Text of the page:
Don’t use the Soap!
Antibacterial Soap

Those little bottles of anti-bacterial soap that people clip on to their purses and backpacks in recent years seem to have spread like a virus.  And now, it turns out, this product may not even work and — worse yet — might actually be dangerous.

Last week, the Food and Drug Administration (FDA) announced that anti-bacterial soap offers no benefits over regular hand soap.   Warm water and ordinary soap, that’s probably all you need.

Shockingly, the FDA also declared that anti-bacterial soap products containing any of 19 antibacterial ingredients, especially triclosan and triclocarbon, must be removed from shelves within a year because of concerns about the safety of these substances.  Link to the FDA’s announcement.

Those in the professional infection-control community have long questioned the need for fancy anti-bacterial soaps.  Years ago, I handled a case against a major area hospital involving allegations that surgical patients were suffering complications of post-operative infection because of poor hand-washing practices on the part of the surgical staff.  I recall the hospital’s infection control officer saying what the FDA has finally declared about most consumer-grade anti-bacterial soaps.  The key was rubbing the hands together vigorously under water, with or without regular soap, he explained almost ten years ago.

So why did it take the FDA so long to get around to telling us these products don’t work?  And that they contain chemicals to which we should not be exposing ourselves and our children?

The likeliest answer is that Congress has not been a big fan of regulatory agencies like FDA, despite the crucial role that the agency plays in protecting consumers from unsafe drugs, cosmetics, and food.  This means that FDA is chronically underfunded, given the broad scope of its regulatory responsibilities.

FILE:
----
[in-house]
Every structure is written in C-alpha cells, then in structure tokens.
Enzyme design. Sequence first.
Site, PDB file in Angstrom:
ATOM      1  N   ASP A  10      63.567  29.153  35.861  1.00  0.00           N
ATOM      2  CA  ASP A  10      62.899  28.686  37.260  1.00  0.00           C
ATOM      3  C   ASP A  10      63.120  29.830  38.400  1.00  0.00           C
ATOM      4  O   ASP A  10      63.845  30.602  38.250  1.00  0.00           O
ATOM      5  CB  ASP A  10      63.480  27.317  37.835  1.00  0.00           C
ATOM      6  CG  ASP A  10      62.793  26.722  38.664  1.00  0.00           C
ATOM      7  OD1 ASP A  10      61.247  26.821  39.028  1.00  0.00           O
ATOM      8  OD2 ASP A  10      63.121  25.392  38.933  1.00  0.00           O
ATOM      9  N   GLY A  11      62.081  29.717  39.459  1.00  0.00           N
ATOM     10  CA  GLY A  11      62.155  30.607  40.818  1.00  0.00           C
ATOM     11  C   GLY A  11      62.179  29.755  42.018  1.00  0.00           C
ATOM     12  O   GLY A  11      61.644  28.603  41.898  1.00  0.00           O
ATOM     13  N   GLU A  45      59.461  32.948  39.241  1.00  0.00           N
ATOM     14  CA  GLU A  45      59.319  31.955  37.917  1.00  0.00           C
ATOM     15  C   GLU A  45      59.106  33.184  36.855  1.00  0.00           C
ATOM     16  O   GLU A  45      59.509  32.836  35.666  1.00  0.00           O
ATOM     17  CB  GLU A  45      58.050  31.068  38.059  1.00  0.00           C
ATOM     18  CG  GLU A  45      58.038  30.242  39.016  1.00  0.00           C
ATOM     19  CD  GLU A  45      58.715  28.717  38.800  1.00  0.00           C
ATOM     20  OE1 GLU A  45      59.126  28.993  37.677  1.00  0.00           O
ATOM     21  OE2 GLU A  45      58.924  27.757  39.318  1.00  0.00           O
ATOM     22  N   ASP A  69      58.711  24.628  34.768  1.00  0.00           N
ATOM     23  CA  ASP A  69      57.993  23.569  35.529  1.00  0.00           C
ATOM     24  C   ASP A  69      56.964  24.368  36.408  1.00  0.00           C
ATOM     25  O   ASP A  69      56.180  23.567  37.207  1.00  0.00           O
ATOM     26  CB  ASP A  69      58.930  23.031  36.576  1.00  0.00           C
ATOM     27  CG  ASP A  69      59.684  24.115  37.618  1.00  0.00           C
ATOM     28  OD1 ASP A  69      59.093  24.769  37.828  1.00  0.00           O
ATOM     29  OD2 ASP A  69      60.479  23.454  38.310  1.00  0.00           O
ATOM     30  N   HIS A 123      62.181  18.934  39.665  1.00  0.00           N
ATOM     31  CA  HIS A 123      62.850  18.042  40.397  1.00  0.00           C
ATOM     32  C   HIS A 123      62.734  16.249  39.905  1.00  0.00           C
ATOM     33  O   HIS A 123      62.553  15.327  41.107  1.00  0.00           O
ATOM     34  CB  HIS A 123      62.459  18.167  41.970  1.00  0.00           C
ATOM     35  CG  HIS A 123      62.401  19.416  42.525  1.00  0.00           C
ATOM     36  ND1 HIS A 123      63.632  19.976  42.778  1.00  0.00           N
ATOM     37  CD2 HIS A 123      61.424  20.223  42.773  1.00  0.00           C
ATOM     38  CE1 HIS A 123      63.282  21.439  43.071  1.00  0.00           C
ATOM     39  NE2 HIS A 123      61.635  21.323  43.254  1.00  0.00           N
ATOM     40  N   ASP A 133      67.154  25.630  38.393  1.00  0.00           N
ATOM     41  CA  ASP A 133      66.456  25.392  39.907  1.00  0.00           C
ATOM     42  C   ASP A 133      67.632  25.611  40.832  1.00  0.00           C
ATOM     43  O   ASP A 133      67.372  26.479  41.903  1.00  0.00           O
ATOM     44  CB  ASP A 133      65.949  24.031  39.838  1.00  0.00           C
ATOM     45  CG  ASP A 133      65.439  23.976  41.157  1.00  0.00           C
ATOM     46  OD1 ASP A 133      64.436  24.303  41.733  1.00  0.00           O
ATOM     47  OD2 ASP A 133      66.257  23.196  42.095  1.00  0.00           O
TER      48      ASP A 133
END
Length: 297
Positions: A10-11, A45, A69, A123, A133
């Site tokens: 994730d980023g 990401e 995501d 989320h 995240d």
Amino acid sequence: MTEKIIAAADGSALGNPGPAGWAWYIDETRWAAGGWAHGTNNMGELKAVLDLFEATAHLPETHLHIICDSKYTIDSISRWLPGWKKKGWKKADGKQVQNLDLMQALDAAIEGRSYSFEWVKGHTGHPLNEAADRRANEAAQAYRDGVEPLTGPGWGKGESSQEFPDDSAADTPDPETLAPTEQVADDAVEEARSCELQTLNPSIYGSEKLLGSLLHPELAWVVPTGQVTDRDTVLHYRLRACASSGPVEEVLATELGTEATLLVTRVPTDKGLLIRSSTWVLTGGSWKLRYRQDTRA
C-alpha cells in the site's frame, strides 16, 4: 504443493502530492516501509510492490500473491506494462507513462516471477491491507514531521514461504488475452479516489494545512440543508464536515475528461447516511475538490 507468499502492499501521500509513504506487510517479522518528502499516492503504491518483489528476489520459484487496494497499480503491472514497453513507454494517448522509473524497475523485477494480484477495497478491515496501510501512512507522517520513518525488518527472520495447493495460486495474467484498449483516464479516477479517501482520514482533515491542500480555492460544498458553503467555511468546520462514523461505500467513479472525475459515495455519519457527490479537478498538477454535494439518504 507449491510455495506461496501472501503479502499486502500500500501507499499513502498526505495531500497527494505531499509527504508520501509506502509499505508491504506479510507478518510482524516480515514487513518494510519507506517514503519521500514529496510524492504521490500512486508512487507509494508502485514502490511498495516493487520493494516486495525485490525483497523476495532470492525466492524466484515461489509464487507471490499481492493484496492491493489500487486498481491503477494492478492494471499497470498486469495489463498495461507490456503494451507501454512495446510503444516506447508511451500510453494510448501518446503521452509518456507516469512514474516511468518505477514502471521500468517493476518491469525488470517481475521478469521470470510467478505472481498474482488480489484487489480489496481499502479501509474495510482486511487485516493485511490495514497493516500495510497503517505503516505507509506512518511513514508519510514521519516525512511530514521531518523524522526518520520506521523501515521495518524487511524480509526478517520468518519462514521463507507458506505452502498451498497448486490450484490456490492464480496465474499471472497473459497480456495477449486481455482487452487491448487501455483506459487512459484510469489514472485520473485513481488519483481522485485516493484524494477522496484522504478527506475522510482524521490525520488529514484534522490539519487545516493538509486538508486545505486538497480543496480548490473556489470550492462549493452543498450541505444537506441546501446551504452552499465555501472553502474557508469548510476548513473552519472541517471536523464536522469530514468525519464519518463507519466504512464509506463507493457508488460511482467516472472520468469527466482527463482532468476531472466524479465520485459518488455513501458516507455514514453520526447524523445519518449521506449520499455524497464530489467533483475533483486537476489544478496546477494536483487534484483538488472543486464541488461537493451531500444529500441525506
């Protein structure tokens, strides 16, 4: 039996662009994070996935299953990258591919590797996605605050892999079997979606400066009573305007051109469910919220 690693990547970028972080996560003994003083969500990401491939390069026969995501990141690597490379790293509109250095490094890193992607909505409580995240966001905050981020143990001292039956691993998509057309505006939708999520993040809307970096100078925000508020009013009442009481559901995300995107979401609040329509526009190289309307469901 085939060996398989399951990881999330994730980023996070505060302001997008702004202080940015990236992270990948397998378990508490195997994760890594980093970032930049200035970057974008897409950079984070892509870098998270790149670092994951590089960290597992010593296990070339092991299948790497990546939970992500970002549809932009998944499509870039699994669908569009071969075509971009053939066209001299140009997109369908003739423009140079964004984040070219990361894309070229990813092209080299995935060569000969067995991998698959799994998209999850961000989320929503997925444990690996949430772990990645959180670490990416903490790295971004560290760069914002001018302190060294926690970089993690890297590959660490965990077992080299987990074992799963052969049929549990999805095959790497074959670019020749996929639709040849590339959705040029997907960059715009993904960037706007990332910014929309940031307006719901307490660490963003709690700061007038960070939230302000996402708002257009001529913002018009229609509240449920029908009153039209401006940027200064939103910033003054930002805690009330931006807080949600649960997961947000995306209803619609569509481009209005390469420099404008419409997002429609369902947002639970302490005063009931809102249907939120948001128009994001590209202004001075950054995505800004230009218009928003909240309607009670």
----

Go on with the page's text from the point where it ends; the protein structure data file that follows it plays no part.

Especially in the heat of a political season, the pro-business rhetoric becomes even more strident.   Do we favor a truly free-market system, where we let business do what business does, free from the shackles and costs of government regulation?  Or do we care about making sure that business does not put profits over consumer safety and well-being?

If not government regulation, especially regulation and enforcement designed to improve consumer-safety, then how about these questions:

Did the companies making and marketing these products know that they didn’t work?  Did they know that the chemicals in these products could be dangerous to the health of consumers, including children?

If these companies did know that their soaps and other anti-bacterial products didn’t work and that, in fact, they were probably unsafe, should they be held accountable?

I will answer that last one:  Yes.